A midwife–especially a Black midwife–can tilt the balance between life and death for African American infants and their mothers. Regardless of income and education level, childbirth for Black women is more dangerous than it is for White women. Even Serena Williams had a dangerous close call during her pregnancy, after doctors failed to heed her request for a CT scan and blood thinner medicine. Despite her history of blot clots, it was posited that “Williams’ pain medication must be making her confused.”
The Centers for Disease Control reports
that African American mothers die at three to four times the rate of White
women, and the mortality rate of Black infants is higher than that of any other
ethnic group in the US. Why? As AmericanProgress.org states in a 2019
policy blueprint, “Racism is part and parcel of being black in the United
States, and it compromises the health of African American women and their
infants… Put simply, structural racism compromises health.” According to Dr
David Williams, a pioneer in measuring the effects of racism on health, “We now
know that discrimination is linked to higher blood pressure, to high levels of
inflammation, to low infant birth weight…”
Enter the Midwife
One action that promises to change these dire
statistics is expansion of the midwifery movement, especially within the
African American community. Angela
Doyinsola Aina, interim director of the Black
Mamas Matter Alliance (BMMA) recently told an American Public Health
Association (APHA) conference, “We have to go beyond just talking about giving
people, especially low-income people, access to care…. We also need to ask
whether that care is high quality and culturally relevant.”
Where do Black midwives come into the picture? ProPublica
notes in a report
on how increasing the role of midwifery in the US could reduce maternal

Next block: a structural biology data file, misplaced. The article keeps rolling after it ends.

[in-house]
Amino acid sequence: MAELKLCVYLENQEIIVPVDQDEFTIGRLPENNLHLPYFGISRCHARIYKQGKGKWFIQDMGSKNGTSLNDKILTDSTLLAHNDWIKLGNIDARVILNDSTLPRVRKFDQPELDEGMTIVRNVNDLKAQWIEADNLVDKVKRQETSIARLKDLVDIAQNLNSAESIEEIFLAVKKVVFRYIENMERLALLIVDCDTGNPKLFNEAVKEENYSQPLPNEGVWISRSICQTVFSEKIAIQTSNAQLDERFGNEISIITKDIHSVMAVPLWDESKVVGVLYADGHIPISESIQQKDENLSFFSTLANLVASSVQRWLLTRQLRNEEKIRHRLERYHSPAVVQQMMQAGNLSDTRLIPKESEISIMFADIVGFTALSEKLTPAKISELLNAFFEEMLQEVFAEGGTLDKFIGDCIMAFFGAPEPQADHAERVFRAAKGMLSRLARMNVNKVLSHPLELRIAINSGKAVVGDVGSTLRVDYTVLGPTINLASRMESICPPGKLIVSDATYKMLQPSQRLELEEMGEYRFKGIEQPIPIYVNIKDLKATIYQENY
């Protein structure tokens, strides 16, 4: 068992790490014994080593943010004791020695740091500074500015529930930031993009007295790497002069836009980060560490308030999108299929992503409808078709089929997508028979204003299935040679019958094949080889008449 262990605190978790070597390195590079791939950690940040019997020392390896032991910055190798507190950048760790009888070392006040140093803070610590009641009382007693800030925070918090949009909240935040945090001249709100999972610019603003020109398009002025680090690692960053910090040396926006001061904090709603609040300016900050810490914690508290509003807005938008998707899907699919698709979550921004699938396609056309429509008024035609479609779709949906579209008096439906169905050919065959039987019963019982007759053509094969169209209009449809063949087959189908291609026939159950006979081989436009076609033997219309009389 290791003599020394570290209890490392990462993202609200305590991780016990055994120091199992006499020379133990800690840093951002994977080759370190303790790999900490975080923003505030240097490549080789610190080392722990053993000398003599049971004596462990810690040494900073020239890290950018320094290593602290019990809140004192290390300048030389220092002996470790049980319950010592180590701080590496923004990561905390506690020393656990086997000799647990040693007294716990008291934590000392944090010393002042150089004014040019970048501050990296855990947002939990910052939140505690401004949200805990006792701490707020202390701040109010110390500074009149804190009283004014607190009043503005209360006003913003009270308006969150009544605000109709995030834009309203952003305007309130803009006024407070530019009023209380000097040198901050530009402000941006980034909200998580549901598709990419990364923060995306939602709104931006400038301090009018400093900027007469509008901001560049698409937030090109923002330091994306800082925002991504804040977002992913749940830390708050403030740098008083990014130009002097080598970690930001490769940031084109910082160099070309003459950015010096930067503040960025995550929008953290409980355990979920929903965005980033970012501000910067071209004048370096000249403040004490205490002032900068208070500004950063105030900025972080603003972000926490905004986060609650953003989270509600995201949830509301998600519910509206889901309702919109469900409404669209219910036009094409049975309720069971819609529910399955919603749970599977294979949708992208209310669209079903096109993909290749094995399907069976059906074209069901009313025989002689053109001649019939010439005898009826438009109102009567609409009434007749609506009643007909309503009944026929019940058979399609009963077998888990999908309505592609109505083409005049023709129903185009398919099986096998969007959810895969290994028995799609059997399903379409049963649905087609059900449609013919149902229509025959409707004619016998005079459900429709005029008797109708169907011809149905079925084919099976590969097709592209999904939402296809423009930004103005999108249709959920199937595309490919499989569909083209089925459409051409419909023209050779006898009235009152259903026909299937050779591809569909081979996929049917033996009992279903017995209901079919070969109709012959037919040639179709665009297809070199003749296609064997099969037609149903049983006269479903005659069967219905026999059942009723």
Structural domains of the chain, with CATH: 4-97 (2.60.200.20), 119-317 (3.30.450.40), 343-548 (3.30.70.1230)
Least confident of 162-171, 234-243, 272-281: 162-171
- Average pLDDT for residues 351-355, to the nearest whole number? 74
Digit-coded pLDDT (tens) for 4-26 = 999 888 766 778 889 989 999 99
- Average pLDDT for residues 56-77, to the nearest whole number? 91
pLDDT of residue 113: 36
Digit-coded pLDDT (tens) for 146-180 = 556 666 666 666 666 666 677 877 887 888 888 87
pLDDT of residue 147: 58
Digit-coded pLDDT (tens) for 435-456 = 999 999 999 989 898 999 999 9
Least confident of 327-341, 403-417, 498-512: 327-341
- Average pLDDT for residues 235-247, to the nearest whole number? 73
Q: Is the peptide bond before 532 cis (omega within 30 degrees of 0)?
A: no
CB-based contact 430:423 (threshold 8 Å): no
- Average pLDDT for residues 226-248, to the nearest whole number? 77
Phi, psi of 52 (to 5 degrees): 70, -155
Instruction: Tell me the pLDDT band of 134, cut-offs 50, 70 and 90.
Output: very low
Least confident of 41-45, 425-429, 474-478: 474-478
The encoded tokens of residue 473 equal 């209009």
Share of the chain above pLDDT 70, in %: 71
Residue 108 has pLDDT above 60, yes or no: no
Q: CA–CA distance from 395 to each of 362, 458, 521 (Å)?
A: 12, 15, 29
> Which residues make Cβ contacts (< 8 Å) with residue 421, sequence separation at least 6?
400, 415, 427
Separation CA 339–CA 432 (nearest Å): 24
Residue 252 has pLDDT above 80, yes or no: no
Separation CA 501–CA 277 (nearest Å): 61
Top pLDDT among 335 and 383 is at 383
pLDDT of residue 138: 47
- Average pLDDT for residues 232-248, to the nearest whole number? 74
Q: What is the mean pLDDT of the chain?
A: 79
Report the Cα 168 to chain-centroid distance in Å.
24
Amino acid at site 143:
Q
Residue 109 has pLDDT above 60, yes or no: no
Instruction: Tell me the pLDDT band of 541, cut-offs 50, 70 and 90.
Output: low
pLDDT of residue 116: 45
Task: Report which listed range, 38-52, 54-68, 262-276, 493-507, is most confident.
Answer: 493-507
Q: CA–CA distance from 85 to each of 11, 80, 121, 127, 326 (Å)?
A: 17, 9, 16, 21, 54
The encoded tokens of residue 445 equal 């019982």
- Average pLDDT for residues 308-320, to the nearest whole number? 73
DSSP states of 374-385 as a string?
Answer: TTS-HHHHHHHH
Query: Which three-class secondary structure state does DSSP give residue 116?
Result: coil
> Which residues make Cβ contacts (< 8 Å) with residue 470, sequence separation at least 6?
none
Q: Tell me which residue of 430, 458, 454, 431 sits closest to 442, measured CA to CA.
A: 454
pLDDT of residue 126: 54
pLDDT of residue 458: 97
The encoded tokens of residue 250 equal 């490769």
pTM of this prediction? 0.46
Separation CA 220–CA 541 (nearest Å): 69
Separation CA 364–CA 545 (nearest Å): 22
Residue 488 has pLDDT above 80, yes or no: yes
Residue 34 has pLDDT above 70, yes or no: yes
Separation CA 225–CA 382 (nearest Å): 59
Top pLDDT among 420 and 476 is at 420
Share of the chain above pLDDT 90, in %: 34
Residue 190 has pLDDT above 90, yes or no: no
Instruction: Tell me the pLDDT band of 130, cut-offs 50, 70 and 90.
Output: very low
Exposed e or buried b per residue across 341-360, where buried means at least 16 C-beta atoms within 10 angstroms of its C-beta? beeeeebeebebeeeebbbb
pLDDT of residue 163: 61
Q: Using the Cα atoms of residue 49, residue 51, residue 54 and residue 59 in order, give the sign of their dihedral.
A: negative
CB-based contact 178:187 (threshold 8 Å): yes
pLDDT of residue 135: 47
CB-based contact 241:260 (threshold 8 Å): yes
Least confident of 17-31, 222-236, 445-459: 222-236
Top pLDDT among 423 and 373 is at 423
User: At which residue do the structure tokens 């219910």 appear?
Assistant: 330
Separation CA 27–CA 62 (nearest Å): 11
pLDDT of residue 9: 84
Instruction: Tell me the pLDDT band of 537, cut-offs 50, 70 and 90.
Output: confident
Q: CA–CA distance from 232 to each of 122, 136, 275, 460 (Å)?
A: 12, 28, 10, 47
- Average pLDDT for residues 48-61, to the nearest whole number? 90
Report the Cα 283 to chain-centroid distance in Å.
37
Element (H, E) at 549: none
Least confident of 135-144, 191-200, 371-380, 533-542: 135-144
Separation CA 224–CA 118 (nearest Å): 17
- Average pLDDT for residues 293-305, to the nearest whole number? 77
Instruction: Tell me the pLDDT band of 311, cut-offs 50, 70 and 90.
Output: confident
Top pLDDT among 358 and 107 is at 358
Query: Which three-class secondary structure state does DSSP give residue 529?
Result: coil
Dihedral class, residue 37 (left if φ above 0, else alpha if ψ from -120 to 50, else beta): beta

complications and mother/infant mortality rates, “Many… [US] states
characterized by poor health outcomes and hostility to midwives also have large black populations, raising
the possibility that greater use of midwives could reduce racial disparities in
maternity care.” And Lamaze.org
suggests, “When Black families are cared for by Black health professionals,
like midwives, they are better heard, seen, respected, understood, and get
their needs met, which relates directly to health outcomes.”
One of the women at the forefront of the Black Midwives
movement is Jennie Joseph, founder of the Birth
Place in Winter Garden, FL. Joseph’s work as a provider of perinatal
services to underserved and uninsured women of color has already brought about
positive change in the CDC numbers. Trained in the UK, where half of all babies
are delivered by midwives, Jennie Joseph arrived in the US to find that in the
most affluent country in the world, owing to concerted opposition from doctors
and hospitals, midwives attend only 10% of all births. She also found that the
US has a much higher incidence of maternal and infant mortality
rates—particularly among minorities and the disenfranchised—than in countries
such as Canada, Sweden, and the UK, where midwives attend the majority of
Joseph’s “open access” clinic at the Birth Place provides pre-natal
and post-partum care for women regardless of their ability to pay and focuses
on minority and underserved women in the area. As Miriam Zoila Perez marveled
in the New
York Times, the Birth Place manages to beat the dire maternity figures for
women of color: “When you look into her statistics, you find something quite
rare: Almost all of her patients give birth to healthy, full-term babies… maybe